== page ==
New Zealand Journal of Ecology (2012) 36(1): 1- 20

A research strategy for biodiversity conservation on New Zealand’s offshore islands

Review Article
David R. Towns 1*
Peter J. Bellingham 2
Christa P. H. Mulder 3
Phil O’B. Lyver 2
  1. Research and Development Group, Department of Conservation, Private Bag 68 908, Newton, Auckland 1145, New Zealand
  2. Landcare Research, PO Box 40, Lincoln 7640, New Zealand
  3. Department of Biology & Wildlife & Institute of Arctic Biology, University of Alaska Fairbanks, Fairbanks, AK 99775, USA
*  Corresponding author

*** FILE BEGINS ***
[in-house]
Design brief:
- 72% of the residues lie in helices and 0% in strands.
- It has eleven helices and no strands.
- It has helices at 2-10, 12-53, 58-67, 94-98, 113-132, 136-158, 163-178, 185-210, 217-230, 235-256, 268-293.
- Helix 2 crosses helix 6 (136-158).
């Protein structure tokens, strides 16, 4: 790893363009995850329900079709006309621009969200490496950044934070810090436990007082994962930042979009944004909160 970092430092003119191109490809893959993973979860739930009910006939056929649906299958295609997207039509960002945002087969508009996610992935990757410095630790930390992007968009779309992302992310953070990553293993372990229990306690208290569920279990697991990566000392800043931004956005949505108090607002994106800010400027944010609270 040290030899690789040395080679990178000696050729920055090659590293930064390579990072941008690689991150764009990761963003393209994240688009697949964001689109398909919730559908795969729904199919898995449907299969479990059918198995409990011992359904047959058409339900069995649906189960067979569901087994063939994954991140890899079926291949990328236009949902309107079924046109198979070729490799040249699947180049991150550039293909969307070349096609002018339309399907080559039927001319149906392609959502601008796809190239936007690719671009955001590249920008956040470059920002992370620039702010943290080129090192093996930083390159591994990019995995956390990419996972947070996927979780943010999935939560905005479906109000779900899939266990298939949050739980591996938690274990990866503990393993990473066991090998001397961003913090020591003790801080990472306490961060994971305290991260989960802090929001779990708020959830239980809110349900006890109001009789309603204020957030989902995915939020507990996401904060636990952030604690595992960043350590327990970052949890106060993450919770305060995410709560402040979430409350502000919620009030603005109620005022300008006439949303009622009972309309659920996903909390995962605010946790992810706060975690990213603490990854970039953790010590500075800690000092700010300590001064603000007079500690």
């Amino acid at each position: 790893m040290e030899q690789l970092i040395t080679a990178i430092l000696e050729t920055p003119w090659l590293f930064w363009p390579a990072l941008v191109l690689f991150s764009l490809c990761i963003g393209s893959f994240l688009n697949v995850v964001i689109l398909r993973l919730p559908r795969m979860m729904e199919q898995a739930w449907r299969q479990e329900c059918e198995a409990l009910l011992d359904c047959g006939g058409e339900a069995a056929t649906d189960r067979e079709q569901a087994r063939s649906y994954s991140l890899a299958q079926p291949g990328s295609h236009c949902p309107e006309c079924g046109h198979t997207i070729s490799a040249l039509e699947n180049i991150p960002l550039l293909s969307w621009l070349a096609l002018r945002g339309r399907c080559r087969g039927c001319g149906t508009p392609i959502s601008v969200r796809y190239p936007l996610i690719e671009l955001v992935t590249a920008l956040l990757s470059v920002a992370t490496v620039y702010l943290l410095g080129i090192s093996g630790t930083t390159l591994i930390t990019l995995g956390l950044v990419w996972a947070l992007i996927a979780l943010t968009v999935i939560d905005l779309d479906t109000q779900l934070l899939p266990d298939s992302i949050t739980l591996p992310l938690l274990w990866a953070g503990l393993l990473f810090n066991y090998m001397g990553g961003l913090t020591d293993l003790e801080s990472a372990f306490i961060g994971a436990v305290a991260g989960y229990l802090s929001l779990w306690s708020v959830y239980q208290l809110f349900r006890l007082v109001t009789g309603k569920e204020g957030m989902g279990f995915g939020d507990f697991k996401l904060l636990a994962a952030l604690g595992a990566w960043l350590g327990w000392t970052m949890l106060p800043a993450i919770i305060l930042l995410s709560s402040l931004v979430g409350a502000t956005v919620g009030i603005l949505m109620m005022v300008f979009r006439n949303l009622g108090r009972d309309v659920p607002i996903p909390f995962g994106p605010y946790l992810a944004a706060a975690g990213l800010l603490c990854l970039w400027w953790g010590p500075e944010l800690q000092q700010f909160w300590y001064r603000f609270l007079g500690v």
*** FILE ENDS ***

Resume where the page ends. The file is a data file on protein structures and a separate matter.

New Zealand’s offshore islands are refuges for many threatened species, a high proportion of vertebrate diversity, and the world’s most diverse fauna of seabirds. We present key issues and questions that can be used to guide research on the conservation of biodiversity on these islands. Four global reviews formed a basis from which we identified research questions of potential relevance to the management of these islands. The research questions were assigned in the context of nine objectives proposed as a means of achieving ecological integrity. For each of the nine objectives, we then asked what has been achieved in terms of island research and management, and what needs to be achieved in order to meet long-term goals. We used local examples to identify issues and questions specific to the islands of New Zealand. Our analyses revealed two research areas in which current understanding is poor. One is the need to understand ecosystem processes and their resilience to long-term environmental change. The second is the need to define and better understand the consequences of direct involvement by the public in the management of islands, including partnerships between government agencies, tangata whenua (original people of the land – Maori) and non-government organisations such as community groups.